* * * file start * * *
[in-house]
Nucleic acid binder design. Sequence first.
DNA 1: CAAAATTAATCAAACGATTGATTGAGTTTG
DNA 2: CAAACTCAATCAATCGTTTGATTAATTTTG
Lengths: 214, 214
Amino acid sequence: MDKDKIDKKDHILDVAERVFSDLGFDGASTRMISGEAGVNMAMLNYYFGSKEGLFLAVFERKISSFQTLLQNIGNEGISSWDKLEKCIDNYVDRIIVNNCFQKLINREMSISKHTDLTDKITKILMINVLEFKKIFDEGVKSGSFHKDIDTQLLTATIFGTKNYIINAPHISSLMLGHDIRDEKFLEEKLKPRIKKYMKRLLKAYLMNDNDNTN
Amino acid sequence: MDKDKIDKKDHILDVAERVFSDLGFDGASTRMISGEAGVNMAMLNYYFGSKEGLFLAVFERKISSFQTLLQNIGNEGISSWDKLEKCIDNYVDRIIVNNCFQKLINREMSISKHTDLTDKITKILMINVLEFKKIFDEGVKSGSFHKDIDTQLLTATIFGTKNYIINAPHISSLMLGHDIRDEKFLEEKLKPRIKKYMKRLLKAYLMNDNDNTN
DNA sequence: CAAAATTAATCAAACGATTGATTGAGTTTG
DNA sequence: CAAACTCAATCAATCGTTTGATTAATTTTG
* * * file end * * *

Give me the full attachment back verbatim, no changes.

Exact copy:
[in-house]
Nucleic acid binder design. Sequence first.
DNA 1: CAAAATTAATCAAACGATTGATTGAGTTTG
DNA 2: CAAACTCAATCAATCGTTTGATTAATTTTG
Lengths: 214, 214
Amino acid sequence: MDKDKIDKKDHILDVAERVFSDLGFDGASTRMISGEAGVNMAMLNYYFGSKEGLFLAVFERKISSFQTLLQNIGNEGISSWDKLEKCIDNYVDRIIVNNCFQKLINREMSISKHTDLTDKITKILMINVLEFKKIFDEGVKSGSFHKDIDTQLLTATIFGTKNYIINAPHISSLMLGHDIRDEKFLEEKLKPRIKKYMKRLLKAYLMNDNDNTN
Amino acid sequence: MDKDKIDKKDHILDVAERVFSDLGFDGASTRMISGEAGVNMAMLNYYFGSKEGLFLAVFERKISSFQTLLQNIGNEGISSWDKLEKCIDNYVDRIIVNNCFQKLINREMSISKHTDLTDKITKILMINVLEFKKIFDEGVKSGSFHKDIDTQLLTATIFGTKNYIINAPHISSLMLGHDIRDEKFLEEKLKPRIKKYMKRLLKAYLMNDNDNTN
DNA sequence: CAAAATTAATCAAACGATTGATTGAGTTTG
DNA sequence: CAAACTCAATCAATCGTTTGATTAATTTTG